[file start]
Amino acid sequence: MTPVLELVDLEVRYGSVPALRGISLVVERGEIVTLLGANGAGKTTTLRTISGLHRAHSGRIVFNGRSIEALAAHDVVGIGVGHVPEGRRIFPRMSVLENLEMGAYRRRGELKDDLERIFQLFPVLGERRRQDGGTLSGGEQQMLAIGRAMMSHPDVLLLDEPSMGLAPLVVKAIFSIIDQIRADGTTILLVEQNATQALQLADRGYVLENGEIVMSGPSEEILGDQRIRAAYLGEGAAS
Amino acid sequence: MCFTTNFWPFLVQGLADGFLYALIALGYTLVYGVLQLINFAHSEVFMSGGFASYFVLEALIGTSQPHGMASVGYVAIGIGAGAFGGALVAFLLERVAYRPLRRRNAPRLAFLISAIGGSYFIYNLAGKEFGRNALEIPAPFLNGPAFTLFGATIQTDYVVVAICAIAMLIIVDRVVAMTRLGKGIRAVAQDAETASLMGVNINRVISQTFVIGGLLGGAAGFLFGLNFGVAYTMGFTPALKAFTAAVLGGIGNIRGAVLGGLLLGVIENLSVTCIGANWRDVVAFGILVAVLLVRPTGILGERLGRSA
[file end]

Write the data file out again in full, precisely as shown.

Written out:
Amino acid sequence: MTPVLELVDLEVRYGSVPALRGISLVVERGEIVTLLGANGAGKTTTLRTISGLHRAHSGRIVFNGRSIEALAAHDVVGIGVGHVPEGRRIFPRMSVLENLEMGAYRRRGELKDDLERIFQLFPVLGERRRQDGGTLSGGEQQMLAIGRAMMSHPDVLLLDEPSMGLAPLVVKAIFSIIDQIRADGTTILLVEQNATQALQLADRGYVLENGEIVMSGPSEEILGDQRIRAAYLGEGAAS
Amino acid sequence: MCFTTNFWPFLVQGLADGFLYALIALGYTLVYGVLQLINFAHSEVFMSGGFASYFVLEALIGTSQPHGMASVGYVAIGIGAGAFGGALVAFLLERVAYRPLRRRNAPRLAFLISAIGGSYFIYNLAGKEFGRNALEIPAPFLNGPAFTLFGATIQTDYVVVAICAIAMLIIVDRVVAMTRLGKGIRAVAQDAETASLMGVNINRVISQTFVIGGLLGGAAGFLFGLNFGVAYTMGFTPALKAFTAAVLGGIGNIRGAVLGGLLLGVIENLSVTCIGANWRDVVAFGILVAVLLVRPTGILGERLGRSA